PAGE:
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The defeat and death of Saul. i Now the Philistines fought 8 And it came to pass on the against Israel; and the men of morrow, when the Philistines Israel fled from before the Phi- came to strip the slain, that they listines, and fell down slain in found Saul and his sons fallen in mount Gilboa.

mount Gilboa. 2 And the Philistines followed 9 And when they had stripped hard after Saul, and after his him, they took his head, and his sons; and the Philistines slew armour, and sent into the land Jonathan, and Abinadab, and of the Philistines round about, Malchi-shua, the sons of Saul. to carry tidings unto their idols,

3 And the battle went sore a- and to the people. gainst Saul, and the archers hit 10 And they put his armour in him, and he was wounded of the the house of their gods, and archers.

fastened his head in the temple 4 Then said Saul to his ar- of Dagon. mourbearer, Draw thy sword, 11 And when all Jabesh-gilead and thrust me through there- heard all that the Philistines with ; lest these uncircumcised had done to Saul, come and abuse me. But his 12 They arose, all the valiant armourbearer would not: for he men, and took away the body of was sore afraid. So Saul took a Saul, and the bodies of his sons, sword and fell upon it.

and brought them to Jabesh, and 5 And when his armourbearer buried their bones under the oak saw that Saul was dead, he fell in Jabesh, and fasted seven days. likewise on the sword, and died. 13 So Saul died for his trans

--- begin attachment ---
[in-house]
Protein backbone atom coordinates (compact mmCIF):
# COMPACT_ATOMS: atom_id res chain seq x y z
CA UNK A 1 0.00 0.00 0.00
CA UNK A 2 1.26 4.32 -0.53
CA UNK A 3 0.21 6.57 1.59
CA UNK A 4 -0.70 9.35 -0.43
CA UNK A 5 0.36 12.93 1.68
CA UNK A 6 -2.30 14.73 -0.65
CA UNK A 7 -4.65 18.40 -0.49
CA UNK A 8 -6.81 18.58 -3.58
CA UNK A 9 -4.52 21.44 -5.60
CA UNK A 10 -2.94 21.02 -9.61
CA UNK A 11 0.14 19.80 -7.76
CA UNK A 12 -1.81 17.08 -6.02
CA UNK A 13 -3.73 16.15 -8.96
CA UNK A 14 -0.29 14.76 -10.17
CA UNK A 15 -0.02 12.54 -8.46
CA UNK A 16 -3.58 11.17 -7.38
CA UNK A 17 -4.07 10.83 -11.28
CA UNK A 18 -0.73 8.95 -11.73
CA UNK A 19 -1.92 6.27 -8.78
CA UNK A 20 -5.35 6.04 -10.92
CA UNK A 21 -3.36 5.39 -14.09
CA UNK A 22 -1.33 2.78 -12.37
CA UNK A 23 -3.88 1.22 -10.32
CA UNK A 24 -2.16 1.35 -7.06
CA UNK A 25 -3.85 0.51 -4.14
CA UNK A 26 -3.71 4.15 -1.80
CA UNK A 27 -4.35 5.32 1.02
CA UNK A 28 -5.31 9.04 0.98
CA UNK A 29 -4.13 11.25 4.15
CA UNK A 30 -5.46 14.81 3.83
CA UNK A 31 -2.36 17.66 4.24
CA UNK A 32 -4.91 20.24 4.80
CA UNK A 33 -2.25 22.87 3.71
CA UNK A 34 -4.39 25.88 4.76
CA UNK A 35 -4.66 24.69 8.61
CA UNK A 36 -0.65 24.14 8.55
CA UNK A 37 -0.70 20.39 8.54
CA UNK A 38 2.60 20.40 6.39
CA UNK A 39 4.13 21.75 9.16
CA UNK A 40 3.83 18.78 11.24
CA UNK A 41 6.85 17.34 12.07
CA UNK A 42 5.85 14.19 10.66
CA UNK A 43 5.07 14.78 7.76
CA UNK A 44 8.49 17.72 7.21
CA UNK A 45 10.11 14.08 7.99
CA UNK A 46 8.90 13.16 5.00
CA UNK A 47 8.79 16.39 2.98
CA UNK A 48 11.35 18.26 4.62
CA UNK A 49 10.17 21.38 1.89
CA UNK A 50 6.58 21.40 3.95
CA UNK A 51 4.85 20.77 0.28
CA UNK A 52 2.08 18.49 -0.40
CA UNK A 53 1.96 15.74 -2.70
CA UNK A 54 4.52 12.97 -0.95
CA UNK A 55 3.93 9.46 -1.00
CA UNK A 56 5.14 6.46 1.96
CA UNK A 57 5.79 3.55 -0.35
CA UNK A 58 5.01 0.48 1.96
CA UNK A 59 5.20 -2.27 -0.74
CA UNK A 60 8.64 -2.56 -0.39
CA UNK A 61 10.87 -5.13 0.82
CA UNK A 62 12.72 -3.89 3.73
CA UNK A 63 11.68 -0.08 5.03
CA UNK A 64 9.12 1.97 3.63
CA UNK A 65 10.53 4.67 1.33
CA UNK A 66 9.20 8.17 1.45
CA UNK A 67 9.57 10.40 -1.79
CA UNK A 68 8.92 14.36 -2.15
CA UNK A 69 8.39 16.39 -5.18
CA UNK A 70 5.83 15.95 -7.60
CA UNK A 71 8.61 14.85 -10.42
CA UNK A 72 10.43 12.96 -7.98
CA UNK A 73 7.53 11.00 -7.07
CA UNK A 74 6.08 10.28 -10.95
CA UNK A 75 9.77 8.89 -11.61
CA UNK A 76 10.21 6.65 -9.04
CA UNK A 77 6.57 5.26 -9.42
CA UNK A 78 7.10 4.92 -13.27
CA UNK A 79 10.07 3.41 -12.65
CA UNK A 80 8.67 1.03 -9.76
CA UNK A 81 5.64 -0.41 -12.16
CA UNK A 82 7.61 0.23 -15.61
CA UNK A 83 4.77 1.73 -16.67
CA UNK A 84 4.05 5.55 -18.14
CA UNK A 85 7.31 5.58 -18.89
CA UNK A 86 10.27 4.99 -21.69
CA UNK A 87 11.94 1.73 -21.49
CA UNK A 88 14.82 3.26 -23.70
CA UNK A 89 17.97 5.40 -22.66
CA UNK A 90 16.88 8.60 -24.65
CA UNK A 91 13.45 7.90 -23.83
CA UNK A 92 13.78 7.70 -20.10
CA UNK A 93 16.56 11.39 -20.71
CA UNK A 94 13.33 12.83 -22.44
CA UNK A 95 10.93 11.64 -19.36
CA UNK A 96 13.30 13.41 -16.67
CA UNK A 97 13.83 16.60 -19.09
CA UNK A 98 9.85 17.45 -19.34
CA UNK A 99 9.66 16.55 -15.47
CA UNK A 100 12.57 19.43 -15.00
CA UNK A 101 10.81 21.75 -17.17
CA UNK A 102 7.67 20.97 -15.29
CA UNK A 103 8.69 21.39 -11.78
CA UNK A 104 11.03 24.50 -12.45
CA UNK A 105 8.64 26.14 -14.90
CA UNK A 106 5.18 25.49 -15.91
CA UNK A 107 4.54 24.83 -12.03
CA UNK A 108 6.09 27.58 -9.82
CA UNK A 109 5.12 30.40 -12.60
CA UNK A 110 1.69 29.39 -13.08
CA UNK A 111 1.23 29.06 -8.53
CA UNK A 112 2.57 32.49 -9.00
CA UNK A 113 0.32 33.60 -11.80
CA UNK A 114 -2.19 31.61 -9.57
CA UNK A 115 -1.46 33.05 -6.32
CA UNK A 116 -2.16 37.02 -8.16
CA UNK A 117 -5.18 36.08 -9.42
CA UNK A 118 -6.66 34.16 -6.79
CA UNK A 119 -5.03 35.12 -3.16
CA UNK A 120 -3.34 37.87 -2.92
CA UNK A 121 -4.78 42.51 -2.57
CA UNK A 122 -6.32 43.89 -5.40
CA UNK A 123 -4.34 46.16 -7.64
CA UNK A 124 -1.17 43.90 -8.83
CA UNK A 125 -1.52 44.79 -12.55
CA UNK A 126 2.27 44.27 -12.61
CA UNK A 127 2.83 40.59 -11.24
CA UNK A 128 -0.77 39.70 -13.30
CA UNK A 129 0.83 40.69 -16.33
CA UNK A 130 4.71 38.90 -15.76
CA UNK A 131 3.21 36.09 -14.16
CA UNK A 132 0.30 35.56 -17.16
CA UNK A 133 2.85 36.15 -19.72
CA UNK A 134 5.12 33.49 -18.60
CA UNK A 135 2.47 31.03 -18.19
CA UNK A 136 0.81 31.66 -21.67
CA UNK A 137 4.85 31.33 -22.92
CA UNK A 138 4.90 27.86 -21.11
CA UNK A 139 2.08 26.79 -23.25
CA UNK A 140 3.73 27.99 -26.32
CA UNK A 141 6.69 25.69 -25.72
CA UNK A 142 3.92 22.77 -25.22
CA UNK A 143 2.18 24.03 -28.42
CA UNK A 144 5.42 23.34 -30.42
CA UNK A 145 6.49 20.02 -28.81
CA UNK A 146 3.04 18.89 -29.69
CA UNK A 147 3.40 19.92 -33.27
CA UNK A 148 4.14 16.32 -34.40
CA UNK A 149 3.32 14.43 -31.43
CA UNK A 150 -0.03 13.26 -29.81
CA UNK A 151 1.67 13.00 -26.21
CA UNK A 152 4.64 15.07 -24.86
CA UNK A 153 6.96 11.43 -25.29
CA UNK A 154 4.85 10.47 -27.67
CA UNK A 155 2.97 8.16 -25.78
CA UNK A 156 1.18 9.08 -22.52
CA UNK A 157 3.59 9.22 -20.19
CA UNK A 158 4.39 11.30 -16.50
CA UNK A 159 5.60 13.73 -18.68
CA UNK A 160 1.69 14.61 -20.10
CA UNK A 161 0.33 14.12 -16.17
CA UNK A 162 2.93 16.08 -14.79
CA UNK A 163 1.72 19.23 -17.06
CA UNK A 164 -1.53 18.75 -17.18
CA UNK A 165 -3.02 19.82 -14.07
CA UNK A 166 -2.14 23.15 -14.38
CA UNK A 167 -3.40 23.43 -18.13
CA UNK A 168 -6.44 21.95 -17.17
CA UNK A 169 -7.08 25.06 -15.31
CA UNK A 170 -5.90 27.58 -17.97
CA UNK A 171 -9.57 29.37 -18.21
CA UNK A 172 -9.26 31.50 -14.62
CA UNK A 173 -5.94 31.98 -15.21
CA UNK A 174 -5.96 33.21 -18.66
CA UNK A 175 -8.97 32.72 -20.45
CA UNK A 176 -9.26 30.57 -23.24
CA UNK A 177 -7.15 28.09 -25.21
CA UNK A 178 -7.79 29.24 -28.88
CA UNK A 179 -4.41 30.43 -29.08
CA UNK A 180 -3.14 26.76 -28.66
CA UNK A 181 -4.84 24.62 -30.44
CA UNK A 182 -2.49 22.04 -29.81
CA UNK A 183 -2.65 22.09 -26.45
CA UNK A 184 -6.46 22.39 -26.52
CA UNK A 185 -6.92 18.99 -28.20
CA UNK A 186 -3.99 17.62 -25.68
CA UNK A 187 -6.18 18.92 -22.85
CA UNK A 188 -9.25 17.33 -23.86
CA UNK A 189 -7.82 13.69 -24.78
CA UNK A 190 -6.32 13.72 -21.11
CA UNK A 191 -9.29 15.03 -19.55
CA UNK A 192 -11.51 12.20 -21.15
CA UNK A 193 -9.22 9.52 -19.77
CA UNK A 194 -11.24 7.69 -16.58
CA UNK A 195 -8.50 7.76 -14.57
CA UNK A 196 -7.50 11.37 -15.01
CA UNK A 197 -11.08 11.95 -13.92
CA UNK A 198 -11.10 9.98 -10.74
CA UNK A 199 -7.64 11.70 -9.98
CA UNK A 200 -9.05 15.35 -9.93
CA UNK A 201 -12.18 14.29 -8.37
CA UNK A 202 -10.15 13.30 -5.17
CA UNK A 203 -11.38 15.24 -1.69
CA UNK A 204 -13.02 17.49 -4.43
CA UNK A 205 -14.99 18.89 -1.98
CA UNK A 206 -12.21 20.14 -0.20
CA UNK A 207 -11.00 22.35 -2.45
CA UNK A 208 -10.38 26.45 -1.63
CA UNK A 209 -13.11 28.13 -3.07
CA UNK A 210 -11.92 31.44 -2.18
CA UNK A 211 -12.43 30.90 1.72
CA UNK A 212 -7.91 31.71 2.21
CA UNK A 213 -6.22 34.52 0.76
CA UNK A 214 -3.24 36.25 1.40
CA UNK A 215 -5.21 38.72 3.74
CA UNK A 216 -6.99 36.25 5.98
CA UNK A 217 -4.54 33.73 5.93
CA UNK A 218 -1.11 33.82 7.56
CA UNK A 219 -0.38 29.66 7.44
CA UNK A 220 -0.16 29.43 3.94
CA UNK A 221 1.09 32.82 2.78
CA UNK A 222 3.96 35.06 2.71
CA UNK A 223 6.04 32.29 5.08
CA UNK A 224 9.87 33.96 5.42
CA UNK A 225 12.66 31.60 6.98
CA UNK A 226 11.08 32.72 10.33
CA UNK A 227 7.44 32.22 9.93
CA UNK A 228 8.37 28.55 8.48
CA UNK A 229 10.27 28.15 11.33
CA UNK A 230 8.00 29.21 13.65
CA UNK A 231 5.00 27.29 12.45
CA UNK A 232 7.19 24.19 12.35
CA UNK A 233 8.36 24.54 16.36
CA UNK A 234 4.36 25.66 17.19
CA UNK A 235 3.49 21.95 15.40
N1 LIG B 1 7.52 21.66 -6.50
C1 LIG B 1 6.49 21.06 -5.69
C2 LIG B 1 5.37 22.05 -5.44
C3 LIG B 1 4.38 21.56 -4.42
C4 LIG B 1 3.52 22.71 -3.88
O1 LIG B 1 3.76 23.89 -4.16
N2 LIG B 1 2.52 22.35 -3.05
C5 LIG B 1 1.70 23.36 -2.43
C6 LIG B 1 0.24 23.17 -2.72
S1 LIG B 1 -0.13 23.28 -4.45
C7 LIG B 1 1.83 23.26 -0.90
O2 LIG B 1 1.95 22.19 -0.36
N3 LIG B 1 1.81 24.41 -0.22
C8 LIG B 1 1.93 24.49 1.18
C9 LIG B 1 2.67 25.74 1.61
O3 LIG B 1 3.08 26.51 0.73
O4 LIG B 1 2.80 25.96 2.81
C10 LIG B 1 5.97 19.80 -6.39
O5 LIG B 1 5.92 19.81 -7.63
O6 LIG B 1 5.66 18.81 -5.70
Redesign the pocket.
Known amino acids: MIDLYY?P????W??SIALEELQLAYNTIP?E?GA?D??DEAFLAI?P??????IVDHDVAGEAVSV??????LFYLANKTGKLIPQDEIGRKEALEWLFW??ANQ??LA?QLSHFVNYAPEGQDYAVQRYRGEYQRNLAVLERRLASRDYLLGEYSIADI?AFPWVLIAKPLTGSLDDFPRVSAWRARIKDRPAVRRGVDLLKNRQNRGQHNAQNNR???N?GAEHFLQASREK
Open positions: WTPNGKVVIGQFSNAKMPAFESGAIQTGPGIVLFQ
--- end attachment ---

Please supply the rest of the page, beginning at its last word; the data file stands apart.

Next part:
6 So Saul died, and his three gression which he committed sons, and all his house died to- against the LORD, even against gether.

the word of the LORD, which 7. And when all the men of he kept not, and also for asking Israel that were in the valley saw counsel of one that had a familiar that they fled, and that Saul and spirit, to enquire of it; his sons were dead, then they 14 And enquired not of the forsook their cities, and fled: and LORD: therefore he slew him, the Philistines came and dwelt and turned the kingdom unto in them.

David the son of Jesse. LECTURE 648. The wicked perish through their own fault. After this account of the defeat and death of Saul, the history is chiefly occupied with David, and the kings of David's family who reigned in Jerusalem. This might probably be so ordered, because those who returned from the Babylonish captivity, for whose use the books of Chronicles were designed, were for the most part members of those tribes which formed the kingdom of Judah. And moreover after their renewed settlement in the land, their attention was much fixt on the promise of the Messiah, whom they hoped soon to see sitting on David's throne. And this same circumstance ought to give us a deep interest in

the history of David, and of his family; it is the history of that family, whence He, who is our Saviour and our King, vouchsafed to derive his earthly lineage.